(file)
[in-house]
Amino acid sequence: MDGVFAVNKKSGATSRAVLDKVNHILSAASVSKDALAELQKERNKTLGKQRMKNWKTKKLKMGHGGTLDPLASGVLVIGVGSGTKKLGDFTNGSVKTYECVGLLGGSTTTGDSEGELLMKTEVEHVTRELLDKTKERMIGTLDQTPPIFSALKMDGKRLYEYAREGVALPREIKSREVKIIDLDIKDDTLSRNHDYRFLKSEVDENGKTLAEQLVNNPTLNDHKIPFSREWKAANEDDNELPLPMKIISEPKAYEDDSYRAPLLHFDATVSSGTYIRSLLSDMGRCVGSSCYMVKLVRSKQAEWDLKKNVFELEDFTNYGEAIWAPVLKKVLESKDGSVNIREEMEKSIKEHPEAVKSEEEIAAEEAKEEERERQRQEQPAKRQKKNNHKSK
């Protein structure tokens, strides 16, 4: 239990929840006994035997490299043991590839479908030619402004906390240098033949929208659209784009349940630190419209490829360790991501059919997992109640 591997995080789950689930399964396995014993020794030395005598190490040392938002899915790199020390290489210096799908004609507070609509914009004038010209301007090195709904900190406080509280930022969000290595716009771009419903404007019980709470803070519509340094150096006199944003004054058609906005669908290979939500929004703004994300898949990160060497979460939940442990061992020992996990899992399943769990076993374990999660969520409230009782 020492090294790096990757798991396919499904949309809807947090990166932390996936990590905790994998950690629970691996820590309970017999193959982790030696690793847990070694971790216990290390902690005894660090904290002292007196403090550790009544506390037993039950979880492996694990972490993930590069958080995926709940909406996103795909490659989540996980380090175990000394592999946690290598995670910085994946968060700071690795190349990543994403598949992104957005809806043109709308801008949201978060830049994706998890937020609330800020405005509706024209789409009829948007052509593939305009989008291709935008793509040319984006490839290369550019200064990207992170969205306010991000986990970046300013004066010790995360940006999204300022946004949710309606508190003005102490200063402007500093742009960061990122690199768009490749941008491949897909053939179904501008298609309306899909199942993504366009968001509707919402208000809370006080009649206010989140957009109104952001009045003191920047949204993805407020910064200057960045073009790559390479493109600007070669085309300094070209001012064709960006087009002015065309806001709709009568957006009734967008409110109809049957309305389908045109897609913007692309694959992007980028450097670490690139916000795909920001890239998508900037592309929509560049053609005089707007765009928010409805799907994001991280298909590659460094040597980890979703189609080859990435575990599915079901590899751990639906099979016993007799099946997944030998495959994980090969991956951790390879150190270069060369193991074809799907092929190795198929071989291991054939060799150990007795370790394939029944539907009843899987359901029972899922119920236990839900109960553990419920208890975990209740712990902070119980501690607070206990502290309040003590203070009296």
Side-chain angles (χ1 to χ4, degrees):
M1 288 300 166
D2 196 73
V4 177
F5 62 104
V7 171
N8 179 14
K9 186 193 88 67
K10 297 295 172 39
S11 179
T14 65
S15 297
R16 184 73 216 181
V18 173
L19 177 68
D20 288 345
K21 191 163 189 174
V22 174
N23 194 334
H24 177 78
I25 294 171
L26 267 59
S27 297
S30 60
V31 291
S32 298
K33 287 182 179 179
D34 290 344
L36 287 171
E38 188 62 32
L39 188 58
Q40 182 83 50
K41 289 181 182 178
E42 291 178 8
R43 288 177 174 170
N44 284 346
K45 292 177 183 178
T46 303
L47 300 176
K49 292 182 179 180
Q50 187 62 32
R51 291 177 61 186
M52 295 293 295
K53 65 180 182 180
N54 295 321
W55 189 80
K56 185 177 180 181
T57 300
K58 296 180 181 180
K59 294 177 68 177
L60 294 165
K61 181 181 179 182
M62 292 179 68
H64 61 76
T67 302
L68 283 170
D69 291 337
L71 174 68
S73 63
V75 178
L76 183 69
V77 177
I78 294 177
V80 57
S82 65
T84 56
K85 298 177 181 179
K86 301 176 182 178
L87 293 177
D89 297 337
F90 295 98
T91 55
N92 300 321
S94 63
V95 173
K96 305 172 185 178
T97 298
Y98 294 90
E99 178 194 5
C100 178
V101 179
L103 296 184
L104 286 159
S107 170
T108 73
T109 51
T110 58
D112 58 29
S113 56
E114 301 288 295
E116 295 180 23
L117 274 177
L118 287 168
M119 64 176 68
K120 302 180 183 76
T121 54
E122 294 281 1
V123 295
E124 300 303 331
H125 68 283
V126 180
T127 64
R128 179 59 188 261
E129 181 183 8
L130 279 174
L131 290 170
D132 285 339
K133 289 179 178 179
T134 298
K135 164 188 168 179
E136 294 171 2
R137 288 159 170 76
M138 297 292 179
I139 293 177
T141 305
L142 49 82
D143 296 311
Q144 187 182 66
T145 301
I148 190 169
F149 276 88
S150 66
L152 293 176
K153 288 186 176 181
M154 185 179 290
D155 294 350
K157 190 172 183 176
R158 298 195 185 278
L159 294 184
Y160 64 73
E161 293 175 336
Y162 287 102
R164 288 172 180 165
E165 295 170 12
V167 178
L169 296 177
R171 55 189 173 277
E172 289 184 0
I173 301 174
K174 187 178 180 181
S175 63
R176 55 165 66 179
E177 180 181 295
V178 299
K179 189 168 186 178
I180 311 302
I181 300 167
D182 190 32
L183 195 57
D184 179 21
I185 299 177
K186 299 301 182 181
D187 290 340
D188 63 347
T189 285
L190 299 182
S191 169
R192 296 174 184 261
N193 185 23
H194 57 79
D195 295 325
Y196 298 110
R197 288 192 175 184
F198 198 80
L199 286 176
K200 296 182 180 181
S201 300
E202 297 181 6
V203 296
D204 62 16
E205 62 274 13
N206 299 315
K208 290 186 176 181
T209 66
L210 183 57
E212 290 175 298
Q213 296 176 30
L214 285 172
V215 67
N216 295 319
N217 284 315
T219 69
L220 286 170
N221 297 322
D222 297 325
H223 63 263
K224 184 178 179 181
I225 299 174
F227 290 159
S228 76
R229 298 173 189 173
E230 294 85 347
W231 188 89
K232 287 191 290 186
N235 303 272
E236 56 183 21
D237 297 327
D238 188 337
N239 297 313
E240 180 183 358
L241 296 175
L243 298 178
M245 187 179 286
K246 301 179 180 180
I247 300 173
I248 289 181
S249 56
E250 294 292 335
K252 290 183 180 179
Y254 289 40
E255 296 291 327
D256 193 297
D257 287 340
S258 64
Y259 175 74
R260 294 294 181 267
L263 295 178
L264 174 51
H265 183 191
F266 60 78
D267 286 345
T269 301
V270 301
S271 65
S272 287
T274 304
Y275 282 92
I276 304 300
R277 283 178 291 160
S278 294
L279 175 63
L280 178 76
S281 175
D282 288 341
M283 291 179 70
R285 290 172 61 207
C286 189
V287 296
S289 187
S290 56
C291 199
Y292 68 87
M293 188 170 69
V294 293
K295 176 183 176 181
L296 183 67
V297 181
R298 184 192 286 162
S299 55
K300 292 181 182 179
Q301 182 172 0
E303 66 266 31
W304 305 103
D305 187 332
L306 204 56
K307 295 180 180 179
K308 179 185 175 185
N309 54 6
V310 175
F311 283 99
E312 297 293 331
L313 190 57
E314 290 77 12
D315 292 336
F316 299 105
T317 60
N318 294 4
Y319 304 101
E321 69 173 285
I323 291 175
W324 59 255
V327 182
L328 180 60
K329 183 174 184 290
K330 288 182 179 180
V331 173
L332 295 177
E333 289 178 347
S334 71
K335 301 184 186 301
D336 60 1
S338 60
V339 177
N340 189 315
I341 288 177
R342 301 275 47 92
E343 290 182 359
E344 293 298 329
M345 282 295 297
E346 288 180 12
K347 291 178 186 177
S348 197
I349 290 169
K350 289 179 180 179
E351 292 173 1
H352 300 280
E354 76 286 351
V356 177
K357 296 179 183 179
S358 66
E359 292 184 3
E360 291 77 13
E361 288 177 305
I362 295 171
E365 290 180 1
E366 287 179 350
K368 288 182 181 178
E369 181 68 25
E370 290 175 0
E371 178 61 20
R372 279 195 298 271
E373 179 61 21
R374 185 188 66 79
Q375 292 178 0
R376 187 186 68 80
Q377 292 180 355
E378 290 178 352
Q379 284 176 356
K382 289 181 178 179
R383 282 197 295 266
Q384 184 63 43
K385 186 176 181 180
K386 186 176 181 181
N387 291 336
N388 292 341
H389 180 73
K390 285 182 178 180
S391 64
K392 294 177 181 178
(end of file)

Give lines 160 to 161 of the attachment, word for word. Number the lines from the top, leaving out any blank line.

S191 169
R192 296 174 184 261